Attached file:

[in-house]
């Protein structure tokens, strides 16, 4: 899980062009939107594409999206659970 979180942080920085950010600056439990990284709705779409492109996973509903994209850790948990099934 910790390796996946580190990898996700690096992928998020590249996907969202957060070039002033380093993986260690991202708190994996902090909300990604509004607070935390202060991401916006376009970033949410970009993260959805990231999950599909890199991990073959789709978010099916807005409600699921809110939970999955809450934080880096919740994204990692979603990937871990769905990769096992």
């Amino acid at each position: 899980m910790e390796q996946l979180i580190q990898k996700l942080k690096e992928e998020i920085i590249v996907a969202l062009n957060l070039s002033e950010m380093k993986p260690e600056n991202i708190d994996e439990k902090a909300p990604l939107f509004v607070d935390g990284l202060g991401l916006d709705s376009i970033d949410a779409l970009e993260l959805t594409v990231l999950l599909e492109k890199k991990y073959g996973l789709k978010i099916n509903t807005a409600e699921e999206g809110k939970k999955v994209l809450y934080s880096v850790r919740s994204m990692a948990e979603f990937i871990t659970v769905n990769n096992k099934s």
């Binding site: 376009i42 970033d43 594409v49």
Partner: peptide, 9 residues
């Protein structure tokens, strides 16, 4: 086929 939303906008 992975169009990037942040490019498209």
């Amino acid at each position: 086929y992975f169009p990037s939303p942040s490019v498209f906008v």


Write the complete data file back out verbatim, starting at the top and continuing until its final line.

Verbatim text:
[in-house]
């Protein structure tokens, strides 16, 4: 899980062009939107594409999206659970 979180942080920085950010600056439990990284709705779409492109996973509903994209850790948990099934 910790390796996946580190990898996700690096992928998020590249996907969202957060070039002033380093993986260690991202708190994996902090909300990604509004607070935390202060991401916006376009970033949410970009993260959805990231999950599909890199991990073959789709978010099916807005409600699921809110939970999955809450934080880096919740994204990692979603990937871990769905990769096992």
């Amino acid at each position: 899980m910790e390796q996946l979180i580190q990898k996700l942080k690096e992928e998020i920085i590249v996907a969202l062009n957060l070039s002033e950010m380093k993986p260690e600056n991202i708190d994996e439990k902090a909300p990604l939107f509004v607070d935390g990284l202060g991401l916006d709705s376009i970033d949410a779409l970009e993260l959805t594409v990231l999950l599909e492109k890199k991990y073959g996973l789709k978010i099916n509903t807005a409600e699921e999206g809110k939970k999955v994209l809450y934080s880096v850790r919740s994204m990692a948990e979603f990937i871990t659970v769905n990769n096992k099934s």
């Binding site: 376009i42 970033d43 594409v49």
Partner: peptide, 9 residues
């Protein structure tokens, strides 16, 4: 086929 939303906008 992975169009990037942040490019498209």
């Amino acid at each position: 086929y992975f169009p990037s939303p942040s490019v498209f906008v």